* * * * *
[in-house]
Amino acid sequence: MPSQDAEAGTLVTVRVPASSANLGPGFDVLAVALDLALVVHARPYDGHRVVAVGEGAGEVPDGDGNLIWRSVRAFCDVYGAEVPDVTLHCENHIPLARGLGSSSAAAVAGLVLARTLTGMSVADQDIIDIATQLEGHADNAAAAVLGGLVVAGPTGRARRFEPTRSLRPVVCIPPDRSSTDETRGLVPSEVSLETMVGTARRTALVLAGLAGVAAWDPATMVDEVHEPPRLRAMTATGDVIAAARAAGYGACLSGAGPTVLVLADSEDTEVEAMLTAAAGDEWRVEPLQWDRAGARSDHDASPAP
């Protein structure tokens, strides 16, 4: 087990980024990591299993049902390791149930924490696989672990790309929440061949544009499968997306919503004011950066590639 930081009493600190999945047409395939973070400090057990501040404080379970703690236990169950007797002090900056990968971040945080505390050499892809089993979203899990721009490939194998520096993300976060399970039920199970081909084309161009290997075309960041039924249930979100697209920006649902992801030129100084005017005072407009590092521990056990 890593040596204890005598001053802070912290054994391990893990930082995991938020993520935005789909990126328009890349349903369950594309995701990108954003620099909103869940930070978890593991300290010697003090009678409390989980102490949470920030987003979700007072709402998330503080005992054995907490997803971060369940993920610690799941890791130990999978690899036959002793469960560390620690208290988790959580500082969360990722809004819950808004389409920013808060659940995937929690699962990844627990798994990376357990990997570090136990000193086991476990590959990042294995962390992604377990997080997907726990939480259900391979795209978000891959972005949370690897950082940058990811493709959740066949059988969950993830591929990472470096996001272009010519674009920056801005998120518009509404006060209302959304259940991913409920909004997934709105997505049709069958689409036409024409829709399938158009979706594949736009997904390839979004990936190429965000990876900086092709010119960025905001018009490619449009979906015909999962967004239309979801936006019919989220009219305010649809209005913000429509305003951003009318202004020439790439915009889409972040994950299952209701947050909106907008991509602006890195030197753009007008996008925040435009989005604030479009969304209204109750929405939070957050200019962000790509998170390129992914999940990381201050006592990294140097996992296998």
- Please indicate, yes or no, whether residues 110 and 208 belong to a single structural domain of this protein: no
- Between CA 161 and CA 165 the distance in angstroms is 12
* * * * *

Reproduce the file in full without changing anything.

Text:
[in-house]
Amino acid sequence: MPSQDAEAGTLVTVRVPASSANLGPGFDVLAVALDLALVVHARPYDGHRVVAVGEGAGEVPDGDGNLIWRSVRAFCDVYGAEVPDVTLHCENHIPLARGLGSSSAAAVAGLVLARTLTGMSVADQDIIDIATQLEGHADNAAAAVLGGLVVAGPTGRARRFEPTRSLRPVVCIPPDRSSTDETRGLVPSEVSLETMVGTARRTALVLAGLAGVAAWDPATMVDEVHEPPRLRAMTATGDVIAAARAAGYGACLSGAGPTVLVLADSEDTEVEAMLTAAAGDEWRVEPLQWDRAGARSDHDASPAP
């Protein structure tokens, strides 16, 4: 087990980024990591299993049902390791149930924490696989672990790309929440061949544009499968997306919503004011950066590639 930081009493600190999945047409395939973070400090057990501040404080379970703690236990169950007797002090900056990968971040945080505390050499892809089993979203899990721009490939194998520096993300976060399970039920199970081909084309161009290997075309960041039924249930979100697209920006649902992801030129100084005017005072407009590092521990056990 890593040596204890005598001053802070912290054994391990893990930082995991938020993520935005789909990126328009890349349903369950594309995701990108954003620099909103869940930070978890593991300290010697003090009678409390989980102490949470920030987003979700007072709402998330503080005992054995907490997803971060369940993920610690799941890791130990999978690899036959002793469960560390620690208290988790959580500082969360990722809004819950808004389409920013808060659940995937929690699962990844627990798994990376357990990997570090136990000193086991476990590959990042294995962390992604377990997080997907726990939480259900391979795209978000891959972005949370690897950082940058990811493709959740066949059988969950993830591929990472470096996001272009010519674009920056801005998120518009509404006060209302959304259940991913409920909004997934709105997505049709069958689409036409024409829709399938158009979706594949736009997904390839979004990936190429965000990876900086092709010119960025905001018009490619449009979906015909999962967004239309979801936006019919989220009219305010649809209005913000429509305003951003009318202004020439790439915009889409972040994950299952209701947050909106907008991509602006890195030197753009007008996008925040435009989005604030479009969304209204109750929405939070957050200019962000790509998170390129992914999940990381201050006592990294140097996992296998």
- Please indicate, yes or no, whether residues 110 and 208 belong to a single structural domain of this protein: no
- Between CA 161 and CA 165 the distance in angstroms is 12